Robson a rarity: a speedy Canadian
*OF Jacob Robson(Windsor, Ont.) has marks, a line-drive swing and speed/PHOTO Melissa Couto ….
By Melissa Couto
ST. PETERSBURG, Fla. — When Jacob Robson watches baseball, he idolizes Ichiro Suzuki and Jacoby Ellsbury.
As an outfielder with the Canadian junior national team, he has tried to adopt their playing style too.
The Windsor, Ont. native, who represented his country at the 2012 St. Petersburg International tournament, has respected the elite-but-petite leadoff batters of Major League Baseball since childhood.
“I’ve always admired Ichiro,” the 17-year-old said before a pre-game workout at Al Lang Field. “He’s really made a name for the guys who aren’t the biggest and it shows that you don’t have to be huge to be an amazing player.
“But Ellsbury’s my favourite player to watch right now. He’s a speed guy like me. He’ll drop a bunt down but he can also hit a ball into the seats. I definitely aspire to be like him.”
The 5-foot-10, 175-pound outfielder has been described by his Ontario Blue Jays coach, Dan Bleiwas, as the “prototype lead-off hitter,” and grand things are expected from him.
“He’s got great on-base ability,” Bleiwas said. “He’s a speed player, but not limited to that because he’s also got the ability to really drive the ball.”
Marc Picard, Robson’s coach during last summer’s Canada Cup tournament, has also witnessed the youngster’s impressive talent, even after only working with him for a short period of time.
“Speed is definitely a problem with Canadian ball players,” Picard admitted. “The lack of quality outfielders in Canada, particularly those that can run and hit makes Jacob an immediate prospect.”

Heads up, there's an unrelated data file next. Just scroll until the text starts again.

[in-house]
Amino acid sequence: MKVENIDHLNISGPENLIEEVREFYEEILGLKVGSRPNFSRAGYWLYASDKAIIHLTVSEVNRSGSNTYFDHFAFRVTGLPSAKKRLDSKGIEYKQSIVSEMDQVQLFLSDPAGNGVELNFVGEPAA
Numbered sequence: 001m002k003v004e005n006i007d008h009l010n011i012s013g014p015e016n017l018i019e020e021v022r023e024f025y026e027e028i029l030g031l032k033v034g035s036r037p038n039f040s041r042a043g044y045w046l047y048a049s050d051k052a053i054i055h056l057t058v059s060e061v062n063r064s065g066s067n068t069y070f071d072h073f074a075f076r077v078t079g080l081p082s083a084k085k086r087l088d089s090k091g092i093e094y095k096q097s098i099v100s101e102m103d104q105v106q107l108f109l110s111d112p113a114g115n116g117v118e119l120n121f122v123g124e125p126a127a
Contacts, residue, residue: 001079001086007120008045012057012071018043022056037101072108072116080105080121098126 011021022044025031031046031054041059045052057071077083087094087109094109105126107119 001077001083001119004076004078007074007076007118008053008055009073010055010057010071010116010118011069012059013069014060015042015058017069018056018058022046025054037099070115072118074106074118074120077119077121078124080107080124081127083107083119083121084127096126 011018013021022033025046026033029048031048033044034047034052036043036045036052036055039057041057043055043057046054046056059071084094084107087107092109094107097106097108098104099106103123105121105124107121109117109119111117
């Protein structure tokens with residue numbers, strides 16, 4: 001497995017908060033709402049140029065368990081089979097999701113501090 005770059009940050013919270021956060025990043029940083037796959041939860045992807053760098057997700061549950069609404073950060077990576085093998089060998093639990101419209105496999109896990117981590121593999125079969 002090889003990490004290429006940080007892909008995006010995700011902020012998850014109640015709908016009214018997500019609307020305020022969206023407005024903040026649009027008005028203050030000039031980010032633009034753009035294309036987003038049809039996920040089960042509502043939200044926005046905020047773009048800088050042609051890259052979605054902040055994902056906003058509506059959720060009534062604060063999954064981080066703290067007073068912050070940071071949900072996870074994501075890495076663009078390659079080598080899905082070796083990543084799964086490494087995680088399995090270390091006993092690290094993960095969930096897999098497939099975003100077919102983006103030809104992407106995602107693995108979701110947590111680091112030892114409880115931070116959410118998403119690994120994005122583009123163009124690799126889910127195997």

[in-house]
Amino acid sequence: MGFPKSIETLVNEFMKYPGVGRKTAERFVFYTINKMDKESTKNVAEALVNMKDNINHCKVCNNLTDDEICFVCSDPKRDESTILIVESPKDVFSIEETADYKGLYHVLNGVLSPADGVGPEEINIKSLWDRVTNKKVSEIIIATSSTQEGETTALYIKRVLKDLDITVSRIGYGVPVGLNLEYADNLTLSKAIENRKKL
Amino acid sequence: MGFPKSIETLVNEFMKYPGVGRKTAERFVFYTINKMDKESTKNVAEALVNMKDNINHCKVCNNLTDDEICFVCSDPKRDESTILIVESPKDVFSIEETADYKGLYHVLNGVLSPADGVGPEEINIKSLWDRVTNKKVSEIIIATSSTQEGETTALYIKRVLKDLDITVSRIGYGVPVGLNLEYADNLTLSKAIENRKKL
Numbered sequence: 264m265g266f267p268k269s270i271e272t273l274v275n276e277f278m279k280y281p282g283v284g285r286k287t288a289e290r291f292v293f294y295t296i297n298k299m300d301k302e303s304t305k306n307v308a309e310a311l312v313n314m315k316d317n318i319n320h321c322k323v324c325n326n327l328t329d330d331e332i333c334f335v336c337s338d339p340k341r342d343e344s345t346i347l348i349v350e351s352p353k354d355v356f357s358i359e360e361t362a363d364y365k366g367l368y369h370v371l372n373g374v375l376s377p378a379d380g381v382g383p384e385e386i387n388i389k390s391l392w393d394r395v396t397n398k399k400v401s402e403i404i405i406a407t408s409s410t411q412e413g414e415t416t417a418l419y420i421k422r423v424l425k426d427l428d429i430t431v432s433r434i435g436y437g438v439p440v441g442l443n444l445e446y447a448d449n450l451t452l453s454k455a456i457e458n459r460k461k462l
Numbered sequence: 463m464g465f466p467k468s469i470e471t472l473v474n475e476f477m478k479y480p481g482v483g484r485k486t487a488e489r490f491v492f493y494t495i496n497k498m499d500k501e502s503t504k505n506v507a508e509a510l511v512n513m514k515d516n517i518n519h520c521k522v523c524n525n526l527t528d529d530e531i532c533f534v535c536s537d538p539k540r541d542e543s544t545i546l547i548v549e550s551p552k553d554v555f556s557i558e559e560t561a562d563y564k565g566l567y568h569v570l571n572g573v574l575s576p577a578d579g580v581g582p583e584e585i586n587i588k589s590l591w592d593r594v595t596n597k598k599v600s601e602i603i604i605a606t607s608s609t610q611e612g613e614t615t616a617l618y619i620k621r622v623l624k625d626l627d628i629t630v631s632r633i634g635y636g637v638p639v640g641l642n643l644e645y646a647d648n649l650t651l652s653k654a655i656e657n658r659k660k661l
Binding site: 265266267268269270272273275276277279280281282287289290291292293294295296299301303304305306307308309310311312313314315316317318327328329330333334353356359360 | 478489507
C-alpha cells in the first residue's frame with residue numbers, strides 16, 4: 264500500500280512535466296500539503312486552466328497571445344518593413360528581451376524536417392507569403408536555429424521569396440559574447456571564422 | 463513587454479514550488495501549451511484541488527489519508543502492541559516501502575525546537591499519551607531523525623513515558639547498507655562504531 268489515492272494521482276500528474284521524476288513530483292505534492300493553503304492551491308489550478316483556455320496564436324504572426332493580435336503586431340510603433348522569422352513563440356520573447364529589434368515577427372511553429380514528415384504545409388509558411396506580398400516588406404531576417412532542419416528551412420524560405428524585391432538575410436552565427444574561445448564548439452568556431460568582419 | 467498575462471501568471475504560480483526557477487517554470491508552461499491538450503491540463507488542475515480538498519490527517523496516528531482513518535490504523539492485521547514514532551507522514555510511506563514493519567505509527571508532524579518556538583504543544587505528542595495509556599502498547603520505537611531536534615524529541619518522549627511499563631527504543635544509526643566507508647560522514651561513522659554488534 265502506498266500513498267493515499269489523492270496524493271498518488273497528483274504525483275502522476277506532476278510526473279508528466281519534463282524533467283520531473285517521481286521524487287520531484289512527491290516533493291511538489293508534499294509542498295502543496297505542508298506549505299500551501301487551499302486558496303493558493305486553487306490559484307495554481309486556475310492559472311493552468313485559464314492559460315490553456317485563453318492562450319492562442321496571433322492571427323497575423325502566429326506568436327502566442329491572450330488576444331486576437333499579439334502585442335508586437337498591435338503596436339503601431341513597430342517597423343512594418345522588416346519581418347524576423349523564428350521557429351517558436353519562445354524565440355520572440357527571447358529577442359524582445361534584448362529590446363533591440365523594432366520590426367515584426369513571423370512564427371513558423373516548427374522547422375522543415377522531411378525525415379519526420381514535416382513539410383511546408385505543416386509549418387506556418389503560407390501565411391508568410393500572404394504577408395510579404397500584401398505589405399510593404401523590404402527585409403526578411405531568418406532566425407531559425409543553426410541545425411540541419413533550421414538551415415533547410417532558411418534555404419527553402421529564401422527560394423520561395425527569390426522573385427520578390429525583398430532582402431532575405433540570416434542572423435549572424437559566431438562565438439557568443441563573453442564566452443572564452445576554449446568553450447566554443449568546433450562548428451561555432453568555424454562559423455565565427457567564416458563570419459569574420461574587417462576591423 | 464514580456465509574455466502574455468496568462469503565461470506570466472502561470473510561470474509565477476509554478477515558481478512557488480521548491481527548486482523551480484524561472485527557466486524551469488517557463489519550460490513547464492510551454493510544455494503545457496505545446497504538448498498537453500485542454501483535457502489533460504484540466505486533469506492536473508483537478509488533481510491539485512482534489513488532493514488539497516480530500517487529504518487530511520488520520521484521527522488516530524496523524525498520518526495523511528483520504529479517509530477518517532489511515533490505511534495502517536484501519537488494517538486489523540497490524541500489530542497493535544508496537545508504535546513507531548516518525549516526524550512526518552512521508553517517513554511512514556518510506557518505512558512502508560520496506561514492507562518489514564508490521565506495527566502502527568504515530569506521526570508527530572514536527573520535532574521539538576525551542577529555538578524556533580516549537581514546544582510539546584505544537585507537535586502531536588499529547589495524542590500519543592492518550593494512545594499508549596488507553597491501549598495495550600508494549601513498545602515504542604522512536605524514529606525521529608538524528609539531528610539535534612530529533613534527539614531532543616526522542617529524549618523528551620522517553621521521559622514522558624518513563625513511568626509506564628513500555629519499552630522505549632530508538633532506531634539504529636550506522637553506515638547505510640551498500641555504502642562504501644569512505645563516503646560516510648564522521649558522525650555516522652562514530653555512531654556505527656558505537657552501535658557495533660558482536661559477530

The quick-footed teen displayed his skills last in a 12-0 loss to St. Peterbsburg College, drawing a walk and stealing second in his first at-bat, then ending the next inning with a dazzling running catch in right-centre field.
Robson’s next step within the sport is currently undecided, though the Vincent Massey High School senior suggests that he would love an opportunity to concentrate on his academics while playing baseball.
“I’m more academically focused so I want to go to a four-year school, and a good one, hopefully,” the studious Robson said. “I’ve gotten a couple [scholarship] offers and I’m talking to more schools that seem to be interested, so we’ll just see what happens.”
Major League ambitions won’t be thwarted yet, however.
“You never know what’s going to happen with the draft in June,” Robson said. “Depending on the offer, who knows? But I’m definitely excited for the future.”
Last month, the native of Windsor traveled two hours north to Centrefield Sports, Team Canada coach Adam Stern’s training facility in London, where he showcased his talents in front of regional MLB scouts.
“I was invited by Walt Burrows (the director of scouting for the MLB Scouting Bureau in Canada), who sends out invitations to the best players from that region,” Robson said. “I talked to a couple of scouts and came out of it feeling positive.”
Bleiwas definitely sees potential in his young player.
“Whether he gets an opportunity (to play pro) or not coming out of high school will be dictated by his performance in the next few months, both with Team Canada and the Ontario Blue Jays.
“With Jacob, a player where all the tools are there, all we need to do really is bide time and let those tools develop.”
Picard agrees, although he suggested that his former Canada Cup star may be better suited to college ball for the time being.
“There is a strong possibility that Jacob will get drafted but because he is well above average academically, his tools make him a very attractive college prospect.”
Robson will have to make a decision before the mid-April NCAA signing period, but for the next two weeks, he is focused on training and playing at historic Al Lang Field.